17th Jan 2019

Brussels worried about falling support for EU in Iceland

  • Reykjavik, the seat of Iceland's government (Photo: European Commission)

The European Union formally launched negotiations with Iceland on Tuesday over the north Atlantic island's accession to the bloc even as negative opinion towards the EU mounts, a development that has not gone unnoticed in Brussels and other national capitals.

"I'm concerned by the current lack of broad public support for European Union membership in Iceland," said enlargement commissioner Stefan Fuele speaking to reporters alongside Icelandic foreign minister Oessur Skarphedinsson after talks were opened.

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"This shows that there's a need for more objective information about the EU and its policies," he added.

The worry echoes those coming from France. Ahead of a meeting of EU foreign ministers on Monday France's Europe minister, Pierre Lallouche said that Paris strongly backed the island's adhesion, but wondered if Iceland felt the same way.

"We are in favor, of course, but I don't have the impression based on the polls that the Icelanders are that much in favor," he said. "That's obviously the whole problem. We aren't going to force them."

A recent opinion poll put opposition to joining the EU club at 60 percent. Analysts say that the sharp drop in support is a product of the perception that Brussels has sided with the UK and the Netherlands in their dispute with Reykjavik over the fall-out of the collapse of Icesave, an Icelandic online bank.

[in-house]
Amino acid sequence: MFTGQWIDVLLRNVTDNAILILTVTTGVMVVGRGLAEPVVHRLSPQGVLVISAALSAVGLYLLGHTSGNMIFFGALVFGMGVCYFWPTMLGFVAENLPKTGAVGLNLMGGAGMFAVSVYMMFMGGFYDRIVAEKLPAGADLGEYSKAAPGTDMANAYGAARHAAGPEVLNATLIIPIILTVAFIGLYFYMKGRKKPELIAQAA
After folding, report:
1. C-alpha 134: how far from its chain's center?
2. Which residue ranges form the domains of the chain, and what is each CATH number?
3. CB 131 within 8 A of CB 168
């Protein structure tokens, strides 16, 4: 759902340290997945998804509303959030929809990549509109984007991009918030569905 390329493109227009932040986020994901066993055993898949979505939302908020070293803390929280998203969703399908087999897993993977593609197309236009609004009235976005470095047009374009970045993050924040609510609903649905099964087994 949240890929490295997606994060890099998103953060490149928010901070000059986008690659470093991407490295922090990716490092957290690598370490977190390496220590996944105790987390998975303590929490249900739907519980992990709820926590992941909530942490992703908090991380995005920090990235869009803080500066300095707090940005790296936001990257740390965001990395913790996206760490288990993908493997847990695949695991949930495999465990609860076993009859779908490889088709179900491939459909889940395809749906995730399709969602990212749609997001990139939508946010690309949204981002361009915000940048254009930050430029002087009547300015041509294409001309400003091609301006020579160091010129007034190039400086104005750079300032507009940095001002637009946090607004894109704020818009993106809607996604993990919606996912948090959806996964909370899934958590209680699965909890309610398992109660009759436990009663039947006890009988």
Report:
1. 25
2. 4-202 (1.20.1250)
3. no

After the Icelandic Icesave internet bank collapsed in 2008, depositers in the UK and the Netherlands were compensated by their governments to the tune of €3.8 billion. The Hague and London now are demanding Reykjavik pay them back.

The government has agreed to do so, but the terms are considered onerous by a majority of the population. Under the terms of the agreement the loan will be paid back over 15 years with interest, with estimates suggesting every household will have to contribute around €45,000.

The European Commission for its part has repeatedly described the dispute as strictly "bilateral", but the most recent meeting of EU premiers and presidents, the European Council, made the issue a common concern of the entire bloc, "as the commission would do well to remember," according to one EU diplomat.

Separately, fishing is shaping up to be less of a stumbling block to negotiations than perhaps had been feared, if hints from the commission are a good gauge of discussions.

Mr Skarphedinson on Tuesday proposed that his country's fishing waters be offered a special status within the EU, a "specific management area," which only domestic fishermen could access.

Iceland is worried that its stocks, which in comparison to the EU's heavily overfished waters have been more sustainably managed, would be threatened by a sharing of its waters with EU member states.

Mr Fuele, for his part, while noting that the EU could not offer any "permanent" such status, the possibility of one for a limited period could be on the table.

Many member states have won exceptions to EU rules upon entry, from Sweden's sale of ‘snus' tobacco to Spain's bull-fighting.

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